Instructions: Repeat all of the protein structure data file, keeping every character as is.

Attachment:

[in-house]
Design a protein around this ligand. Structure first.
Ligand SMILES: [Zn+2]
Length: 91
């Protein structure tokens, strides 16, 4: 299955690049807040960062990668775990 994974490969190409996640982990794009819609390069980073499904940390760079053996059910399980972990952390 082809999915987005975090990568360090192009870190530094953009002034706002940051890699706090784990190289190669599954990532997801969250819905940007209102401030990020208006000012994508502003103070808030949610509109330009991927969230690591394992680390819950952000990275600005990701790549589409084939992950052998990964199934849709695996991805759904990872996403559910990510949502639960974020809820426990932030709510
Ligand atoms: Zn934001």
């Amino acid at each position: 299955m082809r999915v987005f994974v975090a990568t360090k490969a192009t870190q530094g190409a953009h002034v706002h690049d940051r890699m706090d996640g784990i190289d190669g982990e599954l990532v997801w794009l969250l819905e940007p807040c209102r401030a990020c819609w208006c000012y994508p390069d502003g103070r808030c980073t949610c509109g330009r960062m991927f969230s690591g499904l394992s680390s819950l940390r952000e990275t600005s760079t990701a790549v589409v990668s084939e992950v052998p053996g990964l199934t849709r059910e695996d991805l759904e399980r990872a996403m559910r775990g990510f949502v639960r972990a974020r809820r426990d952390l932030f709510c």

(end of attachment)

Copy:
[in-house]
Design a protein around this ligand. Structure first.
Ligand SMILES: [Zn+2]
Length: 91
């Protein structure tokens, strides 16, 4: 299955690049807040960062990668775990 994974490969190409996640982990794009819609390069980073499904940390760079053996059910399980972990952390 082809999915987005975090990568360090192009870190530094953009002034706002940051890699706090784990190289190669599954990532997801969250819905940007209102401030990020208006000012994508502003103070808030949610509109330009991927969230690591394992680390819950952000990275600005990701790549589409084939992950052998990964199934849709695996991805759904990872996403559910990510949502639960974020809820426990932030709510
Ligand atoms: Zn934001």
């Amino acid at each position: 299955m082809r999915v987005f994974v975090a990568t360090k490969a192009t870190q530094g190409a953009h002034v706002h690049d940051r890699m706090d996640g784990i190289d190669g982990e599954l990532v997801w794009l969250l819905e940007p807040c209102r401030a990020c819609w208006c000012y994508p390069d502003g103070r808030c980073t949610c509109g330009r960062m991927f969230s690591g499904l394992s680390s819950l940390r952000e990275t600005s760079t990701a790549v589409v990668s084939e992950v052998p053996g990964l199934t849709r059910e695996d991805l759904e399980r990872a996403m559910r775990g990510f949502v639960r972990a974020r809820r426990d952390l932030f709510c």